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Saraki Pleads Not Guilty To Amended Charges

Channels Television  
Updated April 28, 2016

Senate PresidentThe senate president, doctor Bukola saraki has pleaded not guilty to an Amended sixteen count charges of alleged false declaration of asset filed against him at the Code of Conduct Tribunal.

The amended charges, which are coming more than 7 months after the commencement of his trial, replaces the thirteen count charge initially preferred against him.

Three of the charges among other things, accused the Senate President of failing to declare ownership of an American Express card account.

The two charges read, “That you on or about September 16, 2013 within the jurisdiction of this honorable tribunal did make a false declaration in the asset declaration form for public officers which you filled and submitted to the Code of Conduct Bureau upon assumption of office as the Governor of kwara State in the year 2003 by your failure to declare your leasehold interest in number 42, Remi Fani-kayode street, Ikeja, Lagos, which you acquired through your company, Skyview Properties Limited from first Finance Trust Limited on December 12, 1996 and you thereby committed an offence contrary to section 15(1)(2) of the Code of Conduct Bureau and Tribunal Act. CAP. C15, laws of the federation of Nigeria, 2004 and as incorporated under paragraph 11(1) (2), I fifth schedule to the constitution of the Federal Republic of Nigeria, 1999 (as amended) and punishable under section 23(2) of the Code of Conduct Bureau and Tribunal Act as incorporated under paragraph 18, Part I of the fifth schedule to the constitution of the federal republic of Nigeria, 1999 (as amended).”, it read

“That you between June 2011 and October 2013, within the jurisdiction of this honorable tribunal, did receive monthly salaries or emoluments as governor of kwara state and at the same time, from the federal government as a senator of the federal republic of Nigeria and you thereby committed an offence contrary to section 6(a) of the Code of Conduct Bureau and Tribunal Act. CAP. C15, laws of the federation of Nigeria, 2004 and as incorporated under paragraph 2(a), Part I of the, fifth schedule to the constitution of the Federal Republic of Nigeria, 1999 (as amended) and punishable under section 23(2) of the Code of Conduct Bureau and tribunal act as incorporated under paragraph 18, Part I of the fifth schedule to the constitution of the federal republic of Nigeria, 1999 (as amended).”

The Code of Conduct Tribunal, ruled and accepted an amended the 16-count charge filed by the prosecution against the Senate President, Dr Bukola Saraki despite objection from the defence counsel.

This came up just after the Chairman of the Code of Conduct Tribunal, Justice Danladi Umar, dismissed the application filed by Senate President, Dr. Bukola Saraki seeking Umar’s withdrawal from his trial, holding that the application lacks absolute merit.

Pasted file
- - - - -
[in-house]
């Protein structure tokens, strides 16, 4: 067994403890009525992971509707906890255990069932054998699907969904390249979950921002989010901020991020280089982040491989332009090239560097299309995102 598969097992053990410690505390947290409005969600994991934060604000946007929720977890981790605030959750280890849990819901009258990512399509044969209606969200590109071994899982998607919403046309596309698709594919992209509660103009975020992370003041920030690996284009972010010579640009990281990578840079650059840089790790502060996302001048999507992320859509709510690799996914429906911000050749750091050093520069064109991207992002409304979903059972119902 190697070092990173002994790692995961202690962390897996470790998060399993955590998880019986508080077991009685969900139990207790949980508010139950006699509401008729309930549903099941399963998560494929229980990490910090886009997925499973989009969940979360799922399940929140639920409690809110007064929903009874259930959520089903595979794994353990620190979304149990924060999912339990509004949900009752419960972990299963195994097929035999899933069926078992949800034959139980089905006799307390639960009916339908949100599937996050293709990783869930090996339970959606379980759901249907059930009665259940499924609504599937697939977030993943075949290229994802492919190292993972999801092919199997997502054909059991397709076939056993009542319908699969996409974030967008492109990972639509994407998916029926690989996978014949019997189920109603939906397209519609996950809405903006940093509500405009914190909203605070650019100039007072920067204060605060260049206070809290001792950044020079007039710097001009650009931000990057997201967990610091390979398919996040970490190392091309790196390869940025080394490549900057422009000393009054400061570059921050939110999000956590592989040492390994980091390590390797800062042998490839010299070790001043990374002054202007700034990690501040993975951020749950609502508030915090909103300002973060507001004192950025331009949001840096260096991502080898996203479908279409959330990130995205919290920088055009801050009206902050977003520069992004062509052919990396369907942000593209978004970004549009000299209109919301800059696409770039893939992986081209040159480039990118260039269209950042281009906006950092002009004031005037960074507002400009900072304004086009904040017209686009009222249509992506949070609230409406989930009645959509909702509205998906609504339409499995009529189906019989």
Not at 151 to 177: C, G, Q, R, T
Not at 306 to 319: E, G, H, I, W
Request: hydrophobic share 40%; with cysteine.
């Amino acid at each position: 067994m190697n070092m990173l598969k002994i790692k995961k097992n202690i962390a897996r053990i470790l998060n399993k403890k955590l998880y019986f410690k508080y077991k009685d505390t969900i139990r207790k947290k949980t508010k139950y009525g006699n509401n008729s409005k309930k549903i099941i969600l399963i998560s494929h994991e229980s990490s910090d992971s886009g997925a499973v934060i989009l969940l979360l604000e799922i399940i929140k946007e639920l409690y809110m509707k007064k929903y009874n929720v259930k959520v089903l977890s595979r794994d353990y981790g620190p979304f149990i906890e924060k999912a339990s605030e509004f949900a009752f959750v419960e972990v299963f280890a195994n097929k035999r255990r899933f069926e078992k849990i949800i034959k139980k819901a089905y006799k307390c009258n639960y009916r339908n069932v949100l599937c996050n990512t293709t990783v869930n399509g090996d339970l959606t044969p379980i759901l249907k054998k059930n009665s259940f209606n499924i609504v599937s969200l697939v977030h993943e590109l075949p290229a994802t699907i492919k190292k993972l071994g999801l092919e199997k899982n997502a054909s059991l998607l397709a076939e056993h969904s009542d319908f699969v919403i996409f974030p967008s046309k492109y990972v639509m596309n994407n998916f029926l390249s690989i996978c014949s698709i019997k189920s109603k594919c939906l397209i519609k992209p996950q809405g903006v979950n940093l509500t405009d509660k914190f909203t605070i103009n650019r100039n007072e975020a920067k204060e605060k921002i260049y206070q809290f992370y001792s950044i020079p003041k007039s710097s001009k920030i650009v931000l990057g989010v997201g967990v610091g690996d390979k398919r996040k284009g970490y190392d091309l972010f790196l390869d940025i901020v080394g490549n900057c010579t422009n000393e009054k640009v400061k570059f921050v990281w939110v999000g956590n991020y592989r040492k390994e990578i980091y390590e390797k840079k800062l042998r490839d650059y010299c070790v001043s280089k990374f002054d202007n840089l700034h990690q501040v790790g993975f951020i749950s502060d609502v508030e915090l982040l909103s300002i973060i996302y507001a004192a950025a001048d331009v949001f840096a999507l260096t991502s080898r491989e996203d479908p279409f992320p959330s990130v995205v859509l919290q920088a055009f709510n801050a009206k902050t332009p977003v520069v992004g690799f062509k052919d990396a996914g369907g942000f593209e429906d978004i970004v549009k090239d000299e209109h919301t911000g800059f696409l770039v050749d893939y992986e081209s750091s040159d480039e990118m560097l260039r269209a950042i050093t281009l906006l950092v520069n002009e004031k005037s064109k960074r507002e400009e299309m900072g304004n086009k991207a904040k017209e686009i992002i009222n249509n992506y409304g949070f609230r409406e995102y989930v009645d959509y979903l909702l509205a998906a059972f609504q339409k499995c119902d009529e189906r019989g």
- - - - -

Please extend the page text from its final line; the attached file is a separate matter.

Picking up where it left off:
Cross examination of prosecution witness, Mr Micheal Wetkas, by the defence counsel was about to begin when the prosecution asked to withdraw the former charge against the Senate President and requested the leave of the court to enable him read the amended charges to the Senate President.

The former charge was filed on October 18, 2015 and Mr Jacobs asked the court to accept the new charges, dated April 27, 2016 as the case against the Senate President.

According to him, the fresh charges are necessitated by the evidence to be given and the facts in them.

Responding to the application, counsel to Dr. Saraki, Mr Paul Usoro, said that relying on Section 216, sub section 1 of the Administration of Criminal Justice Act, the business of amending a charge is at the discretion of the tribunal.

“The point we make is that the discretion can only be exercised based on facts before the tribunal and there is no such application before the tribunal.

“So it should be filed and we can reply to it, particularly since we are cross examining based on each of the counts and we should also be given an opportunity to react,” he said.

He further said that an amendment is not a matter of force, but at the discretion of the court.

He argued further that the position of the prosecution that the fresh charges are necessitated by facts raised in its witness’ testimony needs to be proven as it cannot just be announced from bar or orally.

He noted that he was not opposed to the withdrawal of the first charges filed but has “a problem with the one he is applying to replace it with”.

“For us to be able to say yes or no we need the particulars that show the facts.”

The prosecution counsel, Mr Rotimi Jacobs, in his response, said that the only issue to determine is whether Section 216 requires a formal application before the prosecution can amend its charges.

He submitted that there is no provision for that requirement but instead it says whenever the prosecution wants to amend at any time before judgment, he should do so and draw the attention of the court to it but ensure that it is read out to the understanding of the accused.

This he said is according to Section 163 of the Criminal Procedure Act.

Ruling, the Chairman of the tribunal agreed with the prosecution that there is no condition precedent for the charge to be amended.

He held that it is automatic and straightforward, therefore the prosecution needs not give any reason provided it is done before judgment.












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